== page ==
A plan for the future: with further light sources in the optics several viewers could sit in front of the twin-LCD.

All these stereoscopic displays do not create a real three dimensional image but a spatial illusion, since the human spatial vision can be deceived with two flat pictures. Serious problems can arise from the conflict between accommodation and convergence. The partial images have full depth of field with objects appearing focused at any distance. Gradual loss of the spatial impression, head and eye aches and even nausea and vertigo could be the results. Also, by moving the head one does not gain new views, the movement parallax is missing. As in the Sharp development it can be simulated with a computerized tracking system. The three particularly important spatial informations for three dimensional viewing are, - apart from movement parallax- accommodation, convergence and binocular parallax; they are created only through actual objects or real 3D-Images.

The fault list of stereoscopic displays is long: fixed viewer position, only one or two viewers, no 360 degrees viewing. To overcome these problems 3D-images have to be drawn into the real space. To depict three dimensional scenes in space, holography is the most popular technique. The usual method of creating holograms is to split a laser light bundle in two parts, of which one reaches the film directly (reference ray) and one is reflected from the object onto the film. The film itself does not carry a directly recognizable image as information but only a phase difference, an interference pattern of bright and dark lines holding the coded spatial information. The 3D image appears when the hologram is lit appropriately, suspended in space and seemingly real like an object. Depending on the recording method a hologram can also store the colours of the photographed scene. Today, high resolution reproductions in natural colours are only possible from actually existing objects. To be able to animate computer models in space like on a screen would be video-holography.

Wouldn't it be possible to simulate the holographic recording process on computer, track the course of the light wave front and thus create a synthetic computer-hologram, without laser, film and a real object?

The Spatial Imaging Group of the Massachusetts Institute of Technology began working on the problem four years ago and their results are impressive.

Starting points of the calculations are 3D-objects created with CAD software. A computer generates a hologram from this data which is stored in an image memory. With a special real time-holography-display ("holovideo") the three dimensional image can be produced in real time. The computer-holographic pattern is transferred as acoustic oscillations into a crystal acousto-optic-modulator (AOM). The oscillations change the refraction index of the crystal both geometrically and timewise. A laser traveling through the AOM is modified according to the holographic interference pattern similar to a normal hologram on a photographic plate, and a 3D-image is formed in space. An additional optical deflection system reflects the synthetic hologram row by row to the viewer, with a rate of 40 pictures per second.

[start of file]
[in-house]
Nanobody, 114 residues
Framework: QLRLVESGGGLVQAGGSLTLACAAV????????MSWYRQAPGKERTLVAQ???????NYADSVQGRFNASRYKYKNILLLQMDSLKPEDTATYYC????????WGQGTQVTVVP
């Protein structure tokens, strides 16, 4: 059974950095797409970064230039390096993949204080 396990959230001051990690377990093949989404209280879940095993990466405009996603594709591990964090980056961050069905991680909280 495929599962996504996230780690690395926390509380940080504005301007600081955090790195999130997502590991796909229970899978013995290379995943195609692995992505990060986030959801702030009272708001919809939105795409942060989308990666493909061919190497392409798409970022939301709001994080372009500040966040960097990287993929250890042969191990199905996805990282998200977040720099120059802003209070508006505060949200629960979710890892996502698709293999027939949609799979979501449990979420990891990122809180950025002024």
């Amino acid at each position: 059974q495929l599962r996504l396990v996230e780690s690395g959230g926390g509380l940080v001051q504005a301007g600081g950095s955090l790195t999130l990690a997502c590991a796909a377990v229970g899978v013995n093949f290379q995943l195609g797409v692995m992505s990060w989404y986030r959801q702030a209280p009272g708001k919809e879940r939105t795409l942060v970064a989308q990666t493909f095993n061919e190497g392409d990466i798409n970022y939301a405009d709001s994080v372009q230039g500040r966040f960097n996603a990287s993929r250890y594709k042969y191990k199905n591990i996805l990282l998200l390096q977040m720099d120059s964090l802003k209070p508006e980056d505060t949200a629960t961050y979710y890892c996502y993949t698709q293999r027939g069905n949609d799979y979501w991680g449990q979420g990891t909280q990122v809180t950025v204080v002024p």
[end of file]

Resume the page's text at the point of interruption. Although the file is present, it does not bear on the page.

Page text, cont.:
The biggest problem of this technique is the huge amount of data. An object of 10x10x10 cm with a 30 degree viewing angle makes a hologram of 25 Gigabyte; the required data transmission rate at 60 pictures per second in 8-bit-resolution would be 12 Terabytes. So far workstations have been occupied for minutes to hours creating the computer generated holograms (CGH), even with the necessary massive cut backs in resolution.

Real time video holography was achieved with a connection machine and data reduction (such as neglect of the vertical parallax, restriction to 11 degrees viewing angle, 3 cm object size). New coding techniques reduce calculating time to a hundredth and enable workstations to calculate 6-Mbyte-holograms in less than two seconds. Fully coloured interactive video holography in real time has come within reach.

The ideal three dimensional depiction is an image in space that one can walk around and view the object from all sides. Image generation in space (as opposed to one or two planes) could be achieved by stacking sections of the object image in rapid sequence into space. But for this the odrawing boardoe has to fill a volume which is made possible through projection planes that oscillate through space (multiplanar displays). The idea has been realized in several ways.

Since the mid-sixties oscillating or rotating projection planes have been used. One of these concepts utilizes a flexible concave mirror. Made to vibrate by a speaker membrane, the focal length of the mirror (varifocal mirror) changes. This way the image of a cathode ray tube is focused on different planes. The apparent image depth is far greater than the amplitude of the mirror. In 1988, BBN produced such a device commercially. A disadvantage of the principle are the optical distortions of the image; a 360 degree view is impossible.

In 1991, researchers from Canterbury University, New Zealand, took up a patent from 1964 and improve it: a phosphorus coated disk rotates inside a Cathode Ray Sphere (instead of the known cathode ray tube). Two electron guns and a conventional deflection unit make the phosphored screen glow. When the screen rotates, a translucent three dimensional image is visible. The electron guns are shifted by 120 degrees and positioned below the equator to generate better 360 degree viewing. The problem is the limited size and the high demands on the quality of the vacuum.